Diabetes Forecast

12 Tips on How to Give Support

By Lindsey Wahowiak , , ,

As a caregiver, you want to learn about diabetes, you want to be able to help, but you definitely don't want to overstep your bounds or say the wrong thing.

What to do? An informal poll of Diabetes Forecast readers on Facebook shows, resoundingly, that the best thing to do is ask your loved one how best to help. Ask "What can I do?" or "What should I know?" or "Can you tell me more?" More than anything, that's what readers say they'd like to hear— and then they'd like you to listen to what they have to say. Other caregivers who have been there before have great advice, too. Some more tips from readers include:

Enjoying Food Together
Some blood glucose–lowering medications, such as insulin, start working fast, and a delay in a meal can lead to a low blood sugar. "If you invite a person with diabetes to eat in your home, let them know what time to arrive but also what time food will be served—and serve food on time."—Lisa Gaffaney

For people counting carbs and calories, it's nice to have beverage options. "Offer water to drink, as well as tea or other nonsweetened drinks. [And] don't wince when we check our [blood glucose]."—Julie Lloyd Atkinson

"I am recently diagnosed and my husband surprises me at work with lunch sometimes ... and always leaves a note with how many carbs and fiber are in the meal so I don't have to worry about calculating it all. Very sweet."—Emily Richards

Creating a Community
No one has to face diabetes alone. "I take my neighbor to a diabetic support group in our community every month so she [doesn't] have to go alone. I get educated as well so I can help her."—Lisa Duke Batchelor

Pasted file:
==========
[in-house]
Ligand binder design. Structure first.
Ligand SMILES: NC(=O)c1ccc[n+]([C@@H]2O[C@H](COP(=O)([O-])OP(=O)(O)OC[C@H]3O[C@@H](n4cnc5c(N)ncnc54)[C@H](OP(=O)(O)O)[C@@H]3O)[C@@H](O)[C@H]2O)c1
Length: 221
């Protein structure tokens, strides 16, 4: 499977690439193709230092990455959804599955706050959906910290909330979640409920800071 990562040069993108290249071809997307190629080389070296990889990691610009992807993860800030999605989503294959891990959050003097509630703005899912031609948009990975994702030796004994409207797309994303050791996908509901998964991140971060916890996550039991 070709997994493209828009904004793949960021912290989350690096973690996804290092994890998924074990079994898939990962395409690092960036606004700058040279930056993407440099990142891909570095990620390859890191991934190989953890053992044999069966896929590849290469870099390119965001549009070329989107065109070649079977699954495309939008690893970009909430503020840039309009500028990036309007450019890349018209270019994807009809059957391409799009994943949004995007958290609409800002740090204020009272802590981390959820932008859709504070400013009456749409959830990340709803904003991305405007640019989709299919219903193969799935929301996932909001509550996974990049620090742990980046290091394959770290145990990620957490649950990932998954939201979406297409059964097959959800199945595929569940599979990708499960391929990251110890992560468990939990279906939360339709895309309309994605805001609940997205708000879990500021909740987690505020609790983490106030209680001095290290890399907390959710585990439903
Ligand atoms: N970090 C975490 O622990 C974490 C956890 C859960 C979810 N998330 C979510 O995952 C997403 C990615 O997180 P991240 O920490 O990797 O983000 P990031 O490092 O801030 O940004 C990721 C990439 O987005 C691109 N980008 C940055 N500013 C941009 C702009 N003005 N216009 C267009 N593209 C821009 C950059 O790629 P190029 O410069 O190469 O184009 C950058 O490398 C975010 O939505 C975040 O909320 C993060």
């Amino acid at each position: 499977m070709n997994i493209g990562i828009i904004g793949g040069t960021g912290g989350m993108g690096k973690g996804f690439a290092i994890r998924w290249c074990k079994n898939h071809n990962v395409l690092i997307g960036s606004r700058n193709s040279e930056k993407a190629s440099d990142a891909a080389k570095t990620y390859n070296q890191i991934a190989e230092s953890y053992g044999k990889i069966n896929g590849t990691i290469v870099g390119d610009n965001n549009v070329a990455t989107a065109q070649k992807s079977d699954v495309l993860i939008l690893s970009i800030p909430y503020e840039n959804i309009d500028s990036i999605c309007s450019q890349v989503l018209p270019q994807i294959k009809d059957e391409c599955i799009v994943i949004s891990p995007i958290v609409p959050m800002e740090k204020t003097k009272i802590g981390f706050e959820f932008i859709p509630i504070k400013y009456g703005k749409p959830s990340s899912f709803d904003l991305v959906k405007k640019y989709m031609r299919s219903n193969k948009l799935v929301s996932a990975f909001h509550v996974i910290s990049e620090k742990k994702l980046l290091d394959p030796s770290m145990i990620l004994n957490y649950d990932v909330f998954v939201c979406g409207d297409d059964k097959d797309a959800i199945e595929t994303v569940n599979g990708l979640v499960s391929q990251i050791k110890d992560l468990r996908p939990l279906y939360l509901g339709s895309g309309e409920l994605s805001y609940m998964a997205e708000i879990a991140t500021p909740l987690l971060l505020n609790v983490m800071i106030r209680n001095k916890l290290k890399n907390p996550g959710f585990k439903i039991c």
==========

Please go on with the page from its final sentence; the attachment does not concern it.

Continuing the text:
Getting involved shows you're invested in your loved one's cause. "Simply tell them they are loved and supported! Give them a hug. And … participate in the annual [Tour de Cure®] bicycle [ride] to raise money and awareness."—Danny Fox

Learning More
"Education. Type 1 is so different from type 2, and unless you are around it, people just don't understand how much of a battle it can be. And, ask how we are feeling. [It] helps just to know people acknowledge that even though we may look normal, there is a lot going on in our bodies that you can't see."—Jayme Hall Kepner

Diabetes needn't stop a person of any age from enjoying life. "Help teachers and coaches understand that children with type 1 are still able to play, jump, run, and participate in sports. Leaving them on the bench just adds to their feeling of being 'different.' Allow them to test blood sugars, eat a snack, or carry a bottle of water at school."—Johanna Easdon Hicks

"The biggest lesson that I have learned in the last year to help my 12-year-old with type 1 is to not [over]react when his numbers are high. ... We do everything right and check his numbers, and [they're] high. At first I would start questioning, 'Why? What did we do wrong?' He would get upset. Now it's 'OK. Let's just take care of it and move on to the next reading.' "—Brenda Moreland Lands Khoury

Showing You Care
Diabetes can take its toll emotionally. Be ready to give a little extra compassion. "Be patient with them and realize that fluctuating blood sugars can affect moods. Support and love are strong factors also."—Sharon Cesario

"Give your loved one a hug after suffering a low blood sugar [episode]."—Lori Ann Berti

"When my loved ones vent about the daily stresses or refuse to manage effectively, [I try to] show some tactful empathy, love, and understanding. Building each other up is a process!"—Jerry Glass

Sometimes you don't have to use your words—actions can show that you care. "Let them know you don't have to be ashamed. I help my son by eating healthy right along with him, always showing support, and letting him know he is important."—Suegene Tatman



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